To describe the epidemiology of sledding-related injuries among children and adults treated in US emergency departments (EDs).
The researchers performed a retrospective analysis using data from the National Electronic Injury Surveillance System (NEISS).
The NEISS collects data on consumer products-related and sports-related injuries treated in US EDs from approximately 100 hospitals that represent a probability sample of >5000 hospitals.
Children (≤19 years of age) and adults who were treated for sledding-related injuries in EDs from 2008 to 2017.
The researchers analyzed characteristics that included sex, body part injured, injury diagnosis, disposition from the ED, injury locale, injury mechanism, and sled type.
Main Outcome Measures:
All cases of sledding-related injuries were identified using NEISS product codes for sleds (1217), toboggans (1273), snow disks (1274), and snow tubes (1299).
An estimated 220 488 patients [95% confidence interval (CI): 169 839-271 137] were treated in EDs for sledding-related injuries. Overall, the injury rate decreased significantly for both children and adults. Children accounted for 69.7% of the injury cases. Fractures were the most common injury diagnosis for children (23.9%) and adults (27.4%). Compared to adults, children were more likely to sustain a head injury [relative risk (RR): 1.91 (95% CI: 1.73-2.13)] and be diagnosed with a concussion or closed-head injury (CHI) [RR: 1.58 (95% CI: 1.35-1.84)]. Most patients were injured by a collision (63.2%). Snow tube and disk riders were more likely to sustain a concussion or CHI compared to sled and toboggan riders [RR: 1.53 (95% CI: 1.18-1.99)]. Injuries predominantly occurred when patients collided with objects in the environment (47.2%).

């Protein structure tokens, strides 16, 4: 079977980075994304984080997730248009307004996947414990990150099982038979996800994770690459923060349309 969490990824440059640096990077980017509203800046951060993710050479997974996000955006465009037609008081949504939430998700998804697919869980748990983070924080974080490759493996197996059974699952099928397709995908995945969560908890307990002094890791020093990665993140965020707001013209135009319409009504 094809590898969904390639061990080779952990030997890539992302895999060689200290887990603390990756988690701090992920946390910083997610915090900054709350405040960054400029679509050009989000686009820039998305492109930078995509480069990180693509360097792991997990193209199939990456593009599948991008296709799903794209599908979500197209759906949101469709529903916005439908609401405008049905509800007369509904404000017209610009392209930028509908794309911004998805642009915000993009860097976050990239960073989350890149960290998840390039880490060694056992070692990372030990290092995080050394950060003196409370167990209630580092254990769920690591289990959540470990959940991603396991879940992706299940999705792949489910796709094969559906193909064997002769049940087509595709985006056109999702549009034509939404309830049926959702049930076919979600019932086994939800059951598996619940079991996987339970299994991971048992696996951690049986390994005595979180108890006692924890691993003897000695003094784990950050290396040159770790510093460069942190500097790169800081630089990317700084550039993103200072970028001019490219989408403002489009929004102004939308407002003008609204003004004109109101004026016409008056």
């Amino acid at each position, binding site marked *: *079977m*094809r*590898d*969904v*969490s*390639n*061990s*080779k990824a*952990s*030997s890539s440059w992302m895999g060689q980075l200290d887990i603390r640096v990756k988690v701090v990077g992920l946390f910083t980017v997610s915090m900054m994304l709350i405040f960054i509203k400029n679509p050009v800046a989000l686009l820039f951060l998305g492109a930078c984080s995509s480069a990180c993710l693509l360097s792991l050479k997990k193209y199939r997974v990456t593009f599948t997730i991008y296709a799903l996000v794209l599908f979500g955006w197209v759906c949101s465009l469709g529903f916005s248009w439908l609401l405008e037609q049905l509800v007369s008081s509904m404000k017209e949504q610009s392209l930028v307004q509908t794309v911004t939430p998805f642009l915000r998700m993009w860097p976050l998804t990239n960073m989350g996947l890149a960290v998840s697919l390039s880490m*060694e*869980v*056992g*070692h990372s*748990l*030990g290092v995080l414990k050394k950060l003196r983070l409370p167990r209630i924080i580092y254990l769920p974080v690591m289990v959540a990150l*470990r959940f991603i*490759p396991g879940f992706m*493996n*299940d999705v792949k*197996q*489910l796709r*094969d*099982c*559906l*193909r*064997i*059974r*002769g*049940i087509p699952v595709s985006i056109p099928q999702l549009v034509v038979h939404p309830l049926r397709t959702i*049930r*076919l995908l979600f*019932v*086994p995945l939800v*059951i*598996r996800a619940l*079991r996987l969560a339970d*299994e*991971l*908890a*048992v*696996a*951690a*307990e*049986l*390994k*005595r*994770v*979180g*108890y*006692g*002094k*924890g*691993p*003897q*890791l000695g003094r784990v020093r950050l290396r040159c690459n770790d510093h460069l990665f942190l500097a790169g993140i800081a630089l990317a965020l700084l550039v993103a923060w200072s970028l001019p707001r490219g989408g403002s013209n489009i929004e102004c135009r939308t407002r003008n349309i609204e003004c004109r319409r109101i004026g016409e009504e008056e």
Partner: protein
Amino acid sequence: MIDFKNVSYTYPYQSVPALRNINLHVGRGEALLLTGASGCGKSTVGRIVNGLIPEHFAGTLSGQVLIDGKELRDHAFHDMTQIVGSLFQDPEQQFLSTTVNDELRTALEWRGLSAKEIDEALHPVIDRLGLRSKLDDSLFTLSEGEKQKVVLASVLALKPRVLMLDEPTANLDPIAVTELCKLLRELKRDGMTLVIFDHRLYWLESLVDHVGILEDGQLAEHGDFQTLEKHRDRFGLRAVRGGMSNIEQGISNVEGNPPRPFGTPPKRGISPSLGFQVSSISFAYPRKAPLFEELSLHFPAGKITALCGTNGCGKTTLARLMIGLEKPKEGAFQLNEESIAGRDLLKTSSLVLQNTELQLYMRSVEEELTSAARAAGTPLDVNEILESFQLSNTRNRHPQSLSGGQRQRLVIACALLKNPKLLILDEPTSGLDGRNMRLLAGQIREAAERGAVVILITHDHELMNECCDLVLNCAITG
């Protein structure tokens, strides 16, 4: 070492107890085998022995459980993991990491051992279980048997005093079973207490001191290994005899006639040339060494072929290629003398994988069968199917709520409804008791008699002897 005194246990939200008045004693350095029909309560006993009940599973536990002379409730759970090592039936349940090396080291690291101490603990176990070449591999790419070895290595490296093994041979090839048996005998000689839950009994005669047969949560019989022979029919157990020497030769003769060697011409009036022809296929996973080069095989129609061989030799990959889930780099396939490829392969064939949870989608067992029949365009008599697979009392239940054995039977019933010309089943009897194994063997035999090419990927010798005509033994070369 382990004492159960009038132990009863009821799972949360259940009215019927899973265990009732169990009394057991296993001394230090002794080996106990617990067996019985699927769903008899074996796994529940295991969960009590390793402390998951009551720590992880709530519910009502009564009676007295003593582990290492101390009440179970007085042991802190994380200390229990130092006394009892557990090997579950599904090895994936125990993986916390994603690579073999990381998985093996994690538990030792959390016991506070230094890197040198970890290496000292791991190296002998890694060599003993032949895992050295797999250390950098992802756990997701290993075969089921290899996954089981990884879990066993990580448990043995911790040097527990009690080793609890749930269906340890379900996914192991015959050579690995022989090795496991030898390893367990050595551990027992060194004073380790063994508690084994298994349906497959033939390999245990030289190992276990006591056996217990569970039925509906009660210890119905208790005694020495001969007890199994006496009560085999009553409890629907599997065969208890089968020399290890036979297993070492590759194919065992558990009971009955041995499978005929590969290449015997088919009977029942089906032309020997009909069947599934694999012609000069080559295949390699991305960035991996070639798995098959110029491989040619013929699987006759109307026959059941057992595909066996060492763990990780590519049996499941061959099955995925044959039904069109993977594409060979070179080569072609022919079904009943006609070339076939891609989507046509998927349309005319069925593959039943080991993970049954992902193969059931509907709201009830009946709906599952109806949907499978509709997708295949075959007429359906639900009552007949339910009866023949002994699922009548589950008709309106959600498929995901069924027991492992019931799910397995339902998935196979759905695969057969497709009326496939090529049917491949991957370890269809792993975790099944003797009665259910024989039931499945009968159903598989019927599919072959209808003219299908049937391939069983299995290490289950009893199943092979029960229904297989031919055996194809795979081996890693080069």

Although sledding-related injuries decreased over the study period, more research and education to prevent these injuries is needed. The injury patterns and risk of injury type differed by age, with more head injuries sustained by children. Sledding should be performed in obstacle-free areas to reduce the risk of collision and while wearing helmets to mitigate head injuries.